At the beginning of this year, I was at dinner with my wife. Sitting at the table next to us, was a young financial advisor, who was probably in his mid-30’s, meeting with his client who appeared to be in his 60’s. Of course, the market had just experienced a 20% correction from the previous peak and the client was obviously concerned about his portfolio.
“Don’t worry, there is always volatility in the market, but as you can see, even bear markets are mild and on average the market returns 8% a year over the long-term.”
Here is the chart which shows the PERCENTAGE return of each bull and bear market going back to 1900. (The chart is the S&P 500 Total Return Inflation-Adjusted index.)
Here is the narrative used with this chart.
“The average bear market lasts 1.4 years on average and falls 41% on average.-The average bull market (when the market is rising) lasts 9.1 years on average and rises 476% on average.”
While the statement is not false, it is a false narrative.
“Lies, Damned Lies, and Statistics.” – Mark Twain
Here are the basics of math.
If the index goes from 100 to 200 it is indeed a 100% gain.
If the index goes from 200 back to 100, it is only a 50% loss.
Mathematically it would seem as if an investor is still 50% ahead, however, the net return is actually ZERO.
This is the error of measuring returns in terms of percentages as it masks the real damage done to portfolios during a decline. To understand the real impact of bull and bear markets on a portfolio, it must be measured in POINTS rather than percentages.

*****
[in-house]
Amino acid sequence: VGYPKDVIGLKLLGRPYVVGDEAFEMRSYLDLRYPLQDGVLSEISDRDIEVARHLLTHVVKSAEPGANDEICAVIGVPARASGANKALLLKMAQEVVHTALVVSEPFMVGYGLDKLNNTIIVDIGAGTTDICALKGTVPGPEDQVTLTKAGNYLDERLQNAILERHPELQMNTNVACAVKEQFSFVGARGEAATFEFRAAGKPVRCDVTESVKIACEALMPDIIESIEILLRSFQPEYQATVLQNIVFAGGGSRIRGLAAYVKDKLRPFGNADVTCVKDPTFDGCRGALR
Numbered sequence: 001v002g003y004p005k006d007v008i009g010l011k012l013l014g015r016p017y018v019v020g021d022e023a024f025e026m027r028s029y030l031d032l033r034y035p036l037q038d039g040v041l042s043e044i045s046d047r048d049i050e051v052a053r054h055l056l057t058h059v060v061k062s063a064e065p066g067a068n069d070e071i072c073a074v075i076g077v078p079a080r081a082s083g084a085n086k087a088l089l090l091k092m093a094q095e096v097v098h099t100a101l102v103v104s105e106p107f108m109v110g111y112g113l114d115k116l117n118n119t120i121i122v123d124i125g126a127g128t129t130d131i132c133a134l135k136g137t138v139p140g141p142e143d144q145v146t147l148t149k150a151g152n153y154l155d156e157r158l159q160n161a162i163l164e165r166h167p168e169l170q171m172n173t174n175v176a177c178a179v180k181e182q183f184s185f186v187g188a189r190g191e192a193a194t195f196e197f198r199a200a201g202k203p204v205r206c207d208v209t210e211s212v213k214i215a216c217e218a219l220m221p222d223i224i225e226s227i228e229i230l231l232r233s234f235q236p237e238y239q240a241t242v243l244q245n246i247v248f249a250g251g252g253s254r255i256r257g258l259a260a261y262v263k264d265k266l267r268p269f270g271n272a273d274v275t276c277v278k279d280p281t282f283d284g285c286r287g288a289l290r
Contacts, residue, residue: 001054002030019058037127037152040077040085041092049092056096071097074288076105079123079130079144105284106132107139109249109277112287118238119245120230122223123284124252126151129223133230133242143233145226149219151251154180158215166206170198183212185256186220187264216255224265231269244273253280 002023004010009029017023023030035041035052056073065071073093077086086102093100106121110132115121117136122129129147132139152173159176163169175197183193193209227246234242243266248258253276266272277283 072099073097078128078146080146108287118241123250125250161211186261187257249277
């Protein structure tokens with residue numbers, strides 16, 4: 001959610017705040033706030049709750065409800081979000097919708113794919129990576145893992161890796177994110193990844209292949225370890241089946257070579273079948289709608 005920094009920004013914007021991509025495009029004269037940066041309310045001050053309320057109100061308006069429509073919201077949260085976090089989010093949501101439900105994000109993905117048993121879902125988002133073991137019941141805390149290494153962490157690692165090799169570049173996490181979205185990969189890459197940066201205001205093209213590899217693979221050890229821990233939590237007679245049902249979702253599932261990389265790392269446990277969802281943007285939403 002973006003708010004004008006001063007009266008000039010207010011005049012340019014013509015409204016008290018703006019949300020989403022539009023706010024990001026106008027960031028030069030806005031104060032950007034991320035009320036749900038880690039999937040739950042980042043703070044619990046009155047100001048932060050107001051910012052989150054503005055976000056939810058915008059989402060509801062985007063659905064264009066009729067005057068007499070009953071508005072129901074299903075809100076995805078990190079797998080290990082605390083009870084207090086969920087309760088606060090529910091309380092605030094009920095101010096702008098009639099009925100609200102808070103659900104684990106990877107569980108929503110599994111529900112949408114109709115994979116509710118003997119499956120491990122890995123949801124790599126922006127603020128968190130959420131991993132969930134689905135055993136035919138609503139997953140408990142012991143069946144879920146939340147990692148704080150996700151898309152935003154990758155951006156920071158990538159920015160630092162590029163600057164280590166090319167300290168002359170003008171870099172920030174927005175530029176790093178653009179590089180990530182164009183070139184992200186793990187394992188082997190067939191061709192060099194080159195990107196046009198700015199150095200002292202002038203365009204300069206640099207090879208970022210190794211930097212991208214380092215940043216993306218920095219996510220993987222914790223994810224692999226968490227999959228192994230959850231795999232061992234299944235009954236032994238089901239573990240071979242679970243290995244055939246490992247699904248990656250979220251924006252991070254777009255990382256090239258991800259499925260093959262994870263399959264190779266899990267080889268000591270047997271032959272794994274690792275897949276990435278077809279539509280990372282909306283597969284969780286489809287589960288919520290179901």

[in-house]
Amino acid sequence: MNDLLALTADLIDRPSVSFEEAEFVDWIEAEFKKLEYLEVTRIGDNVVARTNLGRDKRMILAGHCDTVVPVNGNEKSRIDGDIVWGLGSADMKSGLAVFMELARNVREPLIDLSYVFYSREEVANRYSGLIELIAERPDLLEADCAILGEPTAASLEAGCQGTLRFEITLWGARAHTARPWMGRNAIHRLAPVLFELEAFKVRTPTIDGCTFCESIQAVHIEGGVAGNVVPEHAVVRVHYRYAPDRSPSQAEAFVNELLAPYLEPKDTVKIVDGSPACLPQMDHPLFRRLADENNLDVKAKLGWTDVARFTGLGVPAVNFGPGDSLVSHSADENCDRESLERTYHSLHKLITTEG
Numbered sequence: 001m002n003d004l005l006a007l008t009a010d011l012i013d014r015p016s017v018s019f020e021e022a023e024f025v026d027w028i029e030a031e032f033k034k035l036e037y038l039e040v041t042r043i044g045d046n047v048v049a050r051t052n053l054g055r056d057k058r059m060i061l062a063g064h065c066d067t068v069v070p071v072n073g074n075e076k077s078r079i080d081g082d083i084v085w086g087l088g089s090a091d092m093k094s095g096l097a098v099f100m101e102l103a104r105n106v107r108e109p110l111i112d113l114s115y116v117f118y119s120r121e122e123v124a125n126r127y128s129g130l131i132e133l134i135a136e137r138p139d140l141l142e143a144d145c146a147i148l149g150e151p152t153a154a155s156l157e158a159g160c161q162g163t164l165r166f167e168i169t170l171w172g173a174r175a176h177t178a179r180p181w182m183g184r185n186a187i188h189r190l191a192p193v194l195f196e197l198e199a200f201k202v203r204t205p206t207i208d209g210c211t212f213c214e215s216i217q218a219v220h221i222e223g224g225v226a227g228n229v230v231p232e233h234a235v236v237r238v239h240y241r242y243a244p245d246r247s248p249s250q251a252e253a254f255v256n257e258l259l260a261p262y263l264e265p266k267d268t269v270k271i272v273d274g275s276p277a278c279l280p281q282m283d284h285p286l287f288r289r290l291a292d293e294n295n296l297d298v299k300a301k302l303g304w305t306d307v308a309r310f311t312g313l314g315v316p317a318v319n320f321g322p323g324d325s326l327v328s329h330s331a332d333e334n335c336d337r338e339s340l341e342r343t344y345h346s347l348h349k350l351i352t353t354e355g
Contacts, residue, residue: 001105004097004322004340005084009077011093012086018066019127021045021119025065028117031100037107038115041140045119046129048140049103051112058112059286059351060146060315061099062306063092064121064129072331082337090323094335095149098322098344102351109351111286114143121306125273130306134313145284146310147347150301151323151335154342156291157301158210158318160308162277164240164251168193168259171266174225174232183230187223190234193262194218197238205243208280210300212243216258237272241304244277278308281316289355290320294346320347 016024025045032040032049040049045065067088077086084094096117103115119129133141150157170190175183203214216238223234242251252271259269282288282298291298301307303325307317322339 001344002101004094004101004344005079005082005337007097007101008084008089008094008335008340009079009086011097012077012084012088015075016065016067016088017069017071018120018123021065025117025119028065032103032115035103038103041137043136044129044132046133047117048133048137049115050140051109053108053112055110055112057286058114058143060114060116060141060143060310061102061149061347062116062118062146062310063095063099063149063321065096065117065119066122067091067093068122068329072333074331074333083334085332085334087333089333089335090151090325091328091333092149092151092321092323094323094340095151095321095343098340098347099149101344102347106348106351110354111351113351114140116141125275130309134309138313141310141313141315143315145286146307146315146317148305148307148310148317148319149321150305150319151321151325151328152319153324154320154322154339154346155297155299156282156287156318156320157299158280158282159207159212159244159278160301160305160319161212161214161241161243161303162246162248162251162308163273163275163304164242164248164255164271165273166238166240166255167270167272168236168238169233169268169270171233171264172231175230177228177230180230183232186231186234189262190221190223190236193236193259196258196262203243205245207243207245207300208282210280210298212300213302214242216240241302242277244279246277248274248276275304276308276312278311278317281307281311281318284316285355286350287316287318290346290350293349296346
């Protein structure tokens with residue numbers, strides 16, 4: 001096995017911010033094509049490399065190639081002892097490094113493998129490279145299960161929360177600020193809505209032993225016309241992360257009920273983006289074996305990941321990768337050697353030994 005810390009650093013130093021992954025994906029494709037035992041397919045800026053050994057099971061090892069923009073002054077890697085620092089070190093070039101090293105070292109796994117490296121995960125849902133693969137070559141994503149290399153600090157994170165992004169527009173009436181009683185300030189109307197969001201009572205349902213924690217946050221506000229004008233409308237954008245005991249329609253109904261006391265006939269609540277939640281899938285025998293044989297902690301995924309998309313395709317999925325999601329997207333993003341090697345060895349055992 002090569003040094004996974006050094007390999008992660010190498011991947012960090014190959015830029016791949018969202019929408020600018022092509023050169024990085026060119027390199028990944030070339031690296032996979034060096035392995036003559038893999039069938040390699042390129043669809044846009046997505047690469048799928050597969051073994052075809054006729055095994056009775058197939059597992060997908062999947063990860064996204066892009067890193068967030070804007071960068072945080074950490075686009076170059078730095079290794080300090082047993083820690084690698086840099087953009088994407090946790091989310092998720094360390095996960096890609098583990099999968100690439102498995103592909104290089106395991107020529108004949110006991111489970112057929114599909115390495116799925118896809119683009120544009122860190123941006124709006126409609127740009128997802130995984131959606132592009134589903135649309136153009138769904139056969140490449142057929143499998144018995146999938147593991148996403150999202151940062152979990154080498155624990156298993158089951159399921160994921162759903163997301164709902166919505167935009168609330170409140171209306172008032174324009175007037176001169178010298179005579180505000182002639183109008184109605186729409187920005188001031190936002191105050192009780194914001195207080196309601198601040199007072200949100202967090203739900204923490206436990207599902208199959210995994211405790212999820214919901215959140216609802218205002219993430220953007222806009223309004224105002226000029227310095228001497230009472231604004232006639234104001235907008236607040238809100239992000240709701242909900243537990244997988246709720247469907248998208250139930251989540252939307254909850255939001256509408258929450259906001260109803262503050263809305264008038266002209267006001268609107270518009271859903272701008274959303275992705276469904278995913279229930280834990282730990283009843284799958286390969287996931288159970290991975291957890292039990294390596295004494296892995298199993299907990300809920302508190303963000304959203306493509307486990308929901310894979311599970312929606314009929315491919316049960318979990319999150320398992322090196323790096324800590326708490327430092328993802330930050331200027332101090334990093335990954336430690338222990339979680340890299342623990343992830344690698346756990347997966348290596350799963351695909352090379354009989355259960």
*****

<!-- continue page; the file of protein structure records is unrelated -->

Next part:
The chart above exposes the basic realities of math, loss, and time. What becomes much more apparent is that bear markets tend to destroy most or all of the previous advance and has done so repeatedly throughout history.
Importantly, what was not being discussed between the advisor and his 60-something client was simply the risk of “time.”
There are many financial advisors, commentators, experts, and social media gurus who have never actually “been invested” during a real “bear market.” While the “theory of ‘buy and hold’” sounds good, kind of like MMT, in practice it is an entirely different issue. The emotional stress of loss leads to selling even by the most “die hard” of individuals. The combined destruction of capital and the loss of time is the biggest issue when it comes to individuals meeting their retirement goals.
The following chart the real, inflation-adjusted, total return of the S&P 500 index.